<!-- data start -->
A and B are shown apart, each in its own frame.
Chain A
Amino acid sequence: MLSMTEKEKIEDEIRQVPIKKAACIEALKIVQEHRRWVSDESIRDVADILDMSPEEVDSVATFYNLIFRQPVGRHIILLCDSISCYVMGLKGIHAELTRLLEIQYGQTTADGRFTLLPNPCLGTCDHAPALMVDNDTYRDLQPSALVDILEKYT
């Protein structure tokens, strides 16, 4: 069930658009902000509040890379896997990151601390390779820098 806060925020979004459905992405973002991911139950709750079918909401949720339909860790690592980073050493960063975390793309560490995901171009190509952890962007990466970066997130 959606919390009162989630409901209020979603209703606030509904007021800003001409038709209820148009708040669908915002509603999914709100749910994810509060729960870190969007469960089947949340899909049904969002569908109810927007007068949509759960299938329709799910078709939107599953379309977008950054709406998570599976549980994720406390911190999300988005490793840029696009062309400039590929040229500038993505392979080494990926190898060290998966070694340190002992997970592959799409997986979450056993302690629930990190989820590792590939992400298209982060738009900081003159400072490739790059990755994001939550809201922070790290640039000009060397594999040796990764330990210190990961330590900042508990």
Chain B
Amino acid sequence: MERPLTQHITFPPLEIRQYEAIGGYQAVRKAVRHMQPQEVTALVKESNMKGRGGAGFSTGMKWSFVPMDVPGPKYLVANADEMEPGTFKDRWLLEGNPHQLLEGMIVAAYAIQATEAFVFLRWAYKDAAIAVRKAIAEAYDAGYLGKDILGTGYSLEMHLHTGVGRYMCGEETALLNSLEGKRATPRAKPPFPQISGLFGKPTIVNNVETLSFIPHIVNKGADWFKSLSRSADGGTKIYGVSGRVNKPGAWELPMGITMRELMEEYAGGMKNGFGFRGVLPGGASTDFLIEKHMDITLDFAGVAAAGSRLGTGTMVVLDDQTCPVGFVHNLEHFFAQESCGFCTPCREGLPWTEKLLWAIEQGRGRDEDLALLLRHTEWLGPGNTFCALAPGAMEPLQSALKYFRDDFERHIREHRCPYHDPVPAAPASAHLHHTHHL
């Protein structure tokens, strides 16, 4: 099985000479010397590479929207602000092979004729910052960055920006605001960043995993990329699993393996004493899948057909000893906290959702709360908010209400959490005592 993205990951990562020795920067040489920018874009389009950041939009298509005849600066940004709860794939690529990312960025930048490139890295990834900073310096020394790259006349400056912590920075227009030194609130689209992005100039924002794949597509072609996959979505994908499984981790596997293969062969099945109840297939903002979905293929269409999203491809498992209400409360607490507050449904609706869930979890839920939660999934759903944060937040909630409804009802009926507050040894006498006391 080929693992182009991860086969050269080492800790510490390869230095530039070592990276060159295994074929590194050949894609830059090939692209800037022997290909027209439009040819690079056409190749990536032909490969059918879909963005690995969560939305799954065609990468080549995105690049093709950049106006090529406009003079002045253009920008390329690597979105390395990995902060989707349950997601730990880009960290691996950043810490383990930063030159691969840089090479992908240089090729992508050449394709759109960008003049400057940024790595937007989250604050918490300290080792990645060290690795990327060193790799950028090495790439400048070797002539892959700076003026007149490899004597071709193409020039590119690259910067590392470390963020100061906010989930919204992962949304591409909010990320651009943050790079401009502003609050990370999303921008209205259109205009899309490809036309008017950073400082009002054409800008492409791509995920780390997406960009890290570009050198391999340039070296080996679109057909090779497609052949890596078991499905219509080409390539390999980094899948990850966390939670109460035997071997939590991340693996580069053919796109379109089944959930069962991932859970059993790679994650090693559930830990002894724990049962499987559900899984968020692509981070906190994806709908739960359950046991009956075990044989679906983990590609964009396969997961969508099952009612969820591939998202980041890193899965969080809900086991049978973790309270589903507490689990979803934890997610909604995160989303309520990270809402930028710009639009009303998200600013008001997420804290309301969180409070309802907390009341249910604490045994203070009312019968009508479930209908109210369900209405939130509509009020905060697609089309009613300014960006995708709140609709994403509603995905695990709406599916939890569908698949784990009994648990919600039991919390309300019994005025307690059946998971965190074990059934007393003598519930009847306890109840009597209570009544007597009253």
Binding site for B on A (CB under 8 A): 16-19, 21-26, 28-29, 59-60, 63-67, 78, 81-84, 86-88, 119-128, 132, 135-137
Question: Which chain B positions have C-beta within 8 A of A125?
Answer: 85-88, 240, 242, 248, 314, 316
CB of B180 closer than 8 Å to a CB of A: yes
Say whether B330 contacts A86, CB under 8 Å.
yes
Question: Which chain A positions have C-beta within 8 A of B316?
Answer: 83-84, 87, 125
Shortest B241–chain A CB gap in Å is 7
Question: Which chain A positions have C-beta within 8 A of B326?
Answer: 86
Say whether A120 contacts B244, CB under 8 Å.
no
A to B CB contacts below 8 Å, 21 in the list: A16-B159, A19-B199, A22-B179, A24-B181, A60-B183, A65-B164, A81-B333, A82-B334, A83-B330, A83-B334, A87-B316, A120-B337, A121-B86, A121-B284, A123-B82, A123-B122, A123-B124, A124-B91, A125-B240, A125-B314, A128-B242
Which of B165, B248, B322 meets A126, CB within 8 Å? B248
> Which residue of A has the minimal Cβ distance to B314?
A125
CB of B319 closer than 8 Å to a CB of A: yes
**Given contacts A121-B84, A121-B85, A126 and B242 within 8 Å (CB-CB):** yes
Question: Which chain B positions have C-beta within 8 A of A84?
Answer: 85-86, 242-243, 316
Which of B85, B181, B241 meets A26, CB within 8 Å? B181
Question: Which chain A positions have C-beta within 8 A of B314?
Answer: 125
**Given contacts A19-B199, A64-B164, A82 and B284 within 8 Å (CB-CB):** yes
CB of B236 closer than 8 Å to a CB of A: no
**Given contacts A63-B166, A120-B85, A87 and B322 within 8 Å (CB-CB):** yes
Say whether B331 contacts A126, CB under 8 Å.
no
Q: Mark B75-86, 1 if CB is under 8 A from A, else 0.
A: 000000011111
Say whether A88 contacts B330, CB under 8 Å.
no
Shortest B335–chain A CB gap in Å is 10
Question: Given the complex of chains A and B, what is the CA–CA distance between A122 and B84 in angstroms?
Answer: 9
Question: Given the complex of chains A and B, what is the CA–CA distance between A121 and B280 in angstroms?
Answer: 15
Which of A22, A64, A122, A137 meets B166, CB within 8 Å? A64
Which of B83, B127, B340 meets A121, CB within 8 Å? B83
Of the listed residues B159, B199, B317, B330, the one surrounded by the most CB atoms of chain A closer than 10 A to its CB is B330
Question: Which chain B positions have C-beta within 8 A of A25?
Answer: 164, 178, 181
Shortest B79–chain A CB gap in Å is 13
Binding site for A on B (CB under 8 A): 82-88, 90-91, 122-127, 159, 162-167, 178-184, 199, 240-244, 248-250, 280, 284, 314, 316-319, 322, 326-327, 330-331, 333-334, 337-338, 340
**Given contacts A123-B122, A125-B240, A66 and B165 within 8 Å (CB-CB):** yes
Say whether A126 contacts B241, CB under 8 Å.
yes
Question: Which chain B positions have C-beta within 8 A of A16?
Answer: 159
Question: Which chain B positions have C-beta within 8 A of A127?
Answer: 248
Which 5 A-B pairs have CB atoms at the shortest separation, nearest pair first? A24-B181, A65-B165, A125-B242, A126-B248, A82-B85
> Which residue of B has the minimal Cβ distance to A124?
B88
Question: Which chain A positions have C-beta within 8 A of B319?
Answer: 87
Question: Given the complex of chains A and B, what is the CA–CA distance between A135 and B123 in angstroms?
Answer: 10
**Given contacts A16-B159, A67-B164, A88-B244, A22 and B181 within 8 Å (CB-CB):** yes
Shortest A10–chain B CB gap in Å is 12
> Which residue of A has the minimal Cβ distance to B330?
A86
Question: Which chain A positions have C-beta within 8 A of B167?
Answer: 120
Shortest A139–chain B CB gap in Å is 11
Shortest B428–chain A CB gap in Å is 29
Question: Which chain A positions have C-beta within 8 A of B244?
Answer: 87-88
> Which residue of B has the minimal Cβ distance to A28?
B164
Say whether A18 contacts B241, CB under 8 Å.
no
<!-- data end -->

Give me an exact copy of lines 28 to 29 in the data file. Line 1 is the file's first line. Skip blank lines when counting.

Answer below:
Answer: 85-86, 242-243, 316
Which of B85, B181, B241 meets A26, CB within 8 Å? B181